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Vocabulary knowledge and growth in immersion and regular language-learning programmes in Hong Kong

  • Vocabulary knowledge and growth in immersion and regular language-learning programmes in Hong Kong
  • Language and Education, 24(3), 215-238, 2010
  • Routledge
  • 2010
    • Hong Kong
    • 1997.7 onwards
    • Secondary Education
  • The aim of this study was to investigate vocabulary knowledge and growth across two different language-learning programmes in Hong Kong. The two programmes compared were English immersion programmes (IM) and regular English second-language programmes (RL2). While previous research has identified an overall advantage to IM with respect to language development, comparatively little research on vocabulary development in IM has examined the potential interaction between different types of words (in terms of frequency levels) and different types of vocabulary (passive versus active). Furthermore, very little work has compared these two specific educational contexts in Hong Kong with respect to vocabulary growth. Therefore, three different aspects of vocabulary were measured: passive, controlled active and free active word knowledge at different word-frequency levels in grade 7 and grade 9 students in both IM and RL2. The Vocabulary Levels Tests measured students' knowledge of passive and controlled active vocabulary, whereas students' writing was analysed with the Lexical Frequency Profiles to estimate their free active vocabulary knowledge. Overall, IM students outperform their counterparts in RL2 concerning their knowledge of different types of vocabulary at various frequency levels. IM students also experience a more rapid growth in their vocabulary knowledge, especially for the most frequent 2000 words and academic vocabulary. Such findings support the claim that IM can provide a more favourable context for L2 vocabulary learning than regular L2. The results of the present study are discussed in terms of wider implications for vocabulary learning and the effectiveness of the IM programmes implemented in Hong Kong.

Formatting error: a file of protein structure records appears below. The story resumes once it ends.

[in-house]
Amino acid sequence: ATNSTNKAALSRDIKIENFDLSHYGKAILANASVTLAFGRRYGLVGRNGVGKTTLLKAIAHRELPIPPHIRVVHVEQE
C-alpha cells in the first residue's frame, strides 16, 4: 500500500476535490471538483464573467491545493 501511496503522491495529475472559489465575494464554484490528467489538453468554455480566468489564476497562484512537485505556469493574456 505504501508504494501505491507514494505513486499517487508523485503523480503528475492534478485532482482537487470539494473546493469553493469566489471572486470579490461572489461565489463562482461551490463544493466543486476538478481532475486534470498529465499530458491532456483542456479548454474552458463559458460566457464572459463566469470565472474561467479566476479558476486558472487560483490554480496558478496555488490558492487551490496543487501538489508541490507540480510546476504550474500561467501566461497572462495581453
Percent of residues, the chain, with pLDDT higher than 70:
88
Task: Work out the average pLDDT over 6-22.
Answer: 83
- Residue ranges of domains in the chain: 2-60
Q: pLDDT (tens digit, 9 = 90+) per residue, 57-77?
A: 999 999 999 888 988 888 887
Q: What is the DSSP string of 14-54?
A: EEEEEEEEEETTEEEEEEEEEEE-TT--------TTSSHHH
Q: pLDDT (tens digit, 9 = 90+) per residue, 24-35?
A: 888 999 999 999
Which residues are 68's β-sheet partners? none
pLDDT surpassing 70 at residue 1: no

[Copyright of Language and Education is the property of Routledge. Full article may be available at the publisher's website:]
    • English
  • Journal Articles
    • 09500782
  • 2010-12-24

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